• Strong currents – With the variable depths and unpredictable weather conditions, strong currents can pose a danger to swimmers and divers.
  • Dangerous species – The Red Sea has quite a few venomous, stinging, biting, or stabbing sea creatures you don’t want to tangle with. Watch out for stonefish, scorpionfish, lionfish, moray eels, cone snails, jellyfish, stingrays, and sea urchins. Fortunately, these mostly stay on the ocean floor so they are not a problem if you’re swimming near the beach and don’t disturb the ocean floor and reefs when you’re diving.

How to Protect Yourself From Shark Attacks

Athletic man is trained to swim in lake at sunset

Splashing in the water can attract sharks.

©LeonidKos/iStock via Getty Images

Experts recommend these measures to help protect yourself from shark attacks:

  • Don’t swim at night or at twilight as that’s when sharks are most active.
  • Don’t swim while bleeding or menstruating, as sharks smell even small amounts of blood.
  • Don’t wear shiny jewelry, as it glistens in the water like fish scales.
  • Don’t wear sharply contrasting colors as sharks can see contrast well.
  • Sharks are drawn to splashing, which can indicate an animal in distress.
  • If you let your dog swim in the water, its splashing and smaller size can attract sharks.
  • Swim in groups as sharks tend not to bother groups, and you’ll have people to help you if they do.
  • Sharks like to hunt around steep underwater drop-offs or in the water between a couple of sandbars. Stay away from those areas.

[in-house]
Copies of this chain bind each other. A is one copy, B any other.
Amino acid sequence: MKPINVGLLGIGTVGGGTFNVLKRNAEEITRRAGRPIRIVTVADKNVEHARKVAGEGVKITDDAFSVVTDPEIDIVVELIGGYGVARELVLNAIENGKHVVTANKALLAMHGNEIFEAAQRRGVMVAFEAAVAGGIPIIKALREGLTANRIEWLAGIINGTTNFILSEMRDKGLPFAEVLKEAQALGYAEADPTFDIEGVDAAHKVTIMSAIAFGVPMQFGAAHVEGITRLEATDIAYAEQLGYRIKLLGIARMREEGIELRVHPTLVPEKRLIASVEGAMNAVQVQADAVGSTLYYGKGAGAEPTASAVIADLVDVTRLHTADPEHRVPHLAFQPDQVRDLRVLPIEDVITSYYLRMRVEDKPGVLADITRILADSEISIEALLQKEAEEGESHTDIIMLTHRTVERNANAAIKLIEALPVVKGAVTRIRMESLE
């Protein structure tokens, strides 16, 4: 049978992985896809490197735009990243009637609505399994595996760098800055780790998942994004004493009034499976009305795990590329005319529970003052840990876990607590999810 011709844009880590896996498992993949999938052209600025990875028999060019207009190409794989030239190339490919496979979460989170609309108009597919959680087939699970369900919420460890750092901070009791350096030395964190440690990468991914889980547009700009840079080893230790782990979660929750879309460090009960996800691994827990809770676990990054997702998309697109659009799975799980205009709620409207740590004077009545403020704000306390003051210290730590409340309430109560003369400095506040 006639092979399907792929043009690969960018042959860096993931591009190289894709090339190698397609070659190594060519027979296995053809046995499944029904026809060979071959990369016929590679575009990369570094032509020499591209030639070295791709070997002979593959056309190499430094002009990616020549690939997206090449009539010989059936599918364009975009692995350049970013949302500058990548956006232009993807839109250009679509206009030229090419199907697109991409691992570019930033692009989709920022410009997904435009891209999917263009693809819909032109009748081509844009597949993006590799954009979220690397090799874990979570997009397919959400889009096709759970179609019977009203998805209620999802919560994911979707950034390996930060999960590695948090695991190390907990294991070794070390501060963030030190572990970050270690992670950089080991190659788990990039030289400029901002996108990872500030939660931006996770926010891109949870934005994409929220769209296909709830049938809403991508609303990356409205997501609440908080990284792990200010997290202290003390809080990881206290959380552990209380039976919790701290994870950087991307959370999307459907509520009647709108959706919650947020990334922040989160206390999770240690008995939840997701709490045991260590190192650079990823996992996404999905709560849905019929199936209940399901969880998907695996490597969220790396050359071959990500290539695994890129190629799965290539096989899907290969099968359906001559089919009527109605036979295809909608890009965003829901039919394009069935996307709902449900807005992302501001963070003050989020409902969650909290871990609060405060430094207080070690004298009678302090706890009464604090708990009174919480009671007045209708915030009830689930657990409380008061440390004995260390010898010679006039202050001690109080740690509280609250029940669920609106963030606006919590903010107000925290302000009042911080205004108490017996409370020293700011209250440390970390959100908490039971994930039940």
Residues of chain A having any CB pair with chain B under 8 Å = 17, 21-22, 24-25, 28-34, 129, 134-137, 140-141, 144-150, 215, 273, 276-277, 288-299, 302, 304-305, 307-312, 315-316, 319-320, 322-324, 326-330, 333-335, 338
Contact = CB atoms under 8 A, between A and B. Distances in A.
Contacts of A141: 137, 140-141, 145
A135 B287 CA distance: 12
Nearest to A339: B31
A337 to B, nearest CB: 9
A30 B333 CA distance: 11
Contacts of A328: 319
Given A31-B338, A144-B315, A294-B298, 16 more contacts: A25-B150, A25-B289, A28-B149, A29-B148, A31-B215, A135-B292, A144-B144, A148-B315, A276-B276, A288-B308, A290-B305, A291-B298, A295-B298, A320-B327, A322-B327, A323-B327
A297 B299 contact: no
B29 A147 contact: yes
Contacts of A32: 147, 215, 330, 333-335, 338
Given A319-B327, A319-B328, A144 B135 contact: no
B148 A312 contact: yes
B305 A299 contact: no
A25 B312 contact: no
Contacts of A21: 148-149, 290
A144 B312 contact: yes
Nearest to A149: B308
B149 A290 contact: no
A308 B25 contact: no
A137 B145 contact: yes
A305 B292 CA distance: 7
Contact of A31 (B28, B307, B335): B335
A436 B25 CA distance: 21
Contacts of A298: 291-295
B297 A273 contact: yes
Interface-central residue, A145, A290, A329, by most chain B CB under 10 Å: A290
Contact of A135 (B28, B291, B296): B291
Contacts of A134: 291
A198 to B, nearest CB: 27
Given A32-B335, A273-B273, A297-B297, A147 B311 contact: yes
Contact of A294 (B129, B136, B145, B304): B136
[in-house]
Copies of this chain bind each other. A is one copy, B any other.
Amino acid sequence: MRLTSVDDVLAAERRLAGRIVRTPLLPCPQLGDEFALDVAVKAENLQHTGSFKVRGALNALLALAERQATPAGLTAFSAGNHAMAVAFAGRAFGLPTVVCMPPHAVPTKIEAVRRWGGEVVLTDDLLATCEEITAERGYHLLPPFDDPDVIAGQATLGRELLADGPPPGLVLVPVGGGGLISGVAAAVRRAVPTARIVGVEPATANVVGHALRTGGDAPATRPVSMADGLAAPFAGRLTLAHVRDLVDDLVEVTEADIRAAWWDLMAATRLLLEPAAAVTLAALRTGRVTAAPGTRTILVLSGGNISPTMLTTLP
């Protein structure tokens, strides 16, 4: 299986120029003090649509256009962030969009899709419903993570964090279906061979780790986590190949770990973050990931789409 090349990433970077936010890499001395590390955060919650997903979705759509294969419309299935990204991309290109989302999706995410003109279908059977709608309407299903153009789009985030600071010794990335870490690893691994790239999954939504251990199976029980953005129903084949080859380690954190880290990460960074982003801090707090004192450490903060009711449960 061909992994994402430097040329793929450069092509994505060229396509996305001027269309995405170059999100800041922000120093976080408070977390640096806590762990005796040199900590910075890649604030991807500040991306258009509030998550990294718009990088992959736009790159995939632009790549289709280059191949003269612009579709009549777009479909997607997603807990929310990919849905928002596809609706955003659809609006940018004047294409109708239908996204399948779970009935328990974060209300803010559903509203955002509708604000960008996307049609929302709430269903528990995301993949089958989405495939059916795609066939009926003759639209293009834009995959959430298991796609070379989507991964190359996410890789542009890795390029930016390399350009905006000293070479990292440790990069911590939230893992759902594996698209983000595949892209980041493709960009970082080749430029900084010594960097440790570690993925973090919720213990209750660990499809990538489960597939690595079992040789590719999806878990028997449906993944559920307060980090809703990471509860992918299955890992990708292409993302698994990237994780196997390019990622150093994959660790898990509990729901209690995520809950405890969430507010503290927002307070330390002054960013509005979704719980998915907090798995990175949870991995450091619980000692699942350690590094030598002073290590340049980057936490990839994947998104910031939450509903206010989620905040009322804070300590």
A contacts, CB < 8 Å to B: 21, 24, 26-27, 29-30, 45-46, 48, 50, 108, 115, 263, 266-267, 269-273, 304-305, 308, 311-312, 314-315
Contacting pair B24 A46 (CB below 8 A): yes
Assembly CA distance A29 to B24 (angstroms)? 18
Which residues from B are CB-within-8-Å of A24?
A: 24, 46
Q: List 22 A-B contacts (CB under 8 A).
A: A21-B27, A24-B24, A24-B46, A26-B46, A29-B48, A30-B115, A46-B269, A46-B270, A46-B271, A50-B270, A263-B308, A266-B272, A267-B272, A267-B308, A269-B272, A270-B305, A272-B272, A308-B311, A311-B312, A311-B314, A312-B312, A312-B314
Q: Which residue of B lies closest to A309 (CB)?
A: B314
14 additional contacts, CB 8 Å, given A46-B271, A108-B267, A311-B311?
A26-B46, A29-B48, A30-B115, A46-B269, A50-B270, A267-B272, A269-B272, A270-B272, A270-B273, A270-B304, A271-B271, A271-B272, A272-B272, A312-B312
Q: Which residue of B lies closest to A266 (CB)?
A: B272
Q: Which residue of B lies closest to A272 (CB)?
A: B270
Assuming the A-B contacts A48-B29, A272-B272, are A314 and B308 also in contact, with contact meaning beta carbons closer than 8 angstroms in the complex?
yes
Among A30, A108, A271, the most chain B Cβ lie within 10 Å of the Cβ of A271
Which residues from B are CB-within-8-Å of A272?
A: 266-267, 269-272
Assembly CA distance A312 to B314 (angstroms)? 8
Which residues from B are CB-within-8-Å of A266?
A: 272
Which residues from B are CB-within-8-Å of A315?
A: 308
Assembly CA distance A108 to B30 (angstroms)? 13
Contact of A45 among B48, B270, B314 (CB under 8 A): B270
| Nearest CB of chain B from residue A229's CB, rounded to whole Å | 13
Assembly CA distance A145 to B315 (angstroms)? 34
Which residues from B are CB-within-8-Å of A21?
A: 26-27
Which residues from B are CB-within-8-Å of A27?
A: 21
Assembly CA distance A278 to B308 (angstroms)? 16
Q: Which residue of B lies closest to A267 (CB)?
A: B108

• If you see diving seabirds catching fish in an area, stay away from there. There’s a school of fish there, and where there are large numbers of fish, there are sharks.
  • Don’t swim in areas without a lifeguard or diving expert.

Will Dolphins Save You?

Wild dolphins are not always friendly, nor do they always save people from sharks.

©Tom Meaker/Shutterstock.com

Finally, we’ve all heard heart-warming stories of dolphins surrounding people to defend them from shark attacks. That doesn’t mean they always do, and in fact, sometimes dolphins themselves can be aggressive with people when the mood strikes them. Dolphins and sharks feed on the same types of fish, so just because you see dolphins in the area does not mean there are no sharks; in fact, the opposite may be true.

The photo featured at the top of this post is © HakBak/Shutterstock.com

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About the Author

Drew Wood is a writer at A-Z Animals focusing on mammals, geography, and world cultures. Drew has worked in research and writing for over 20 years and holds a Masters in Foreign Affairs (1992) and a Doctorate in Religion (2009). A resident of Nebraska, Drew enjoys Brazilian jiu-jitsu, movies, and being an emotional support human to four dogs.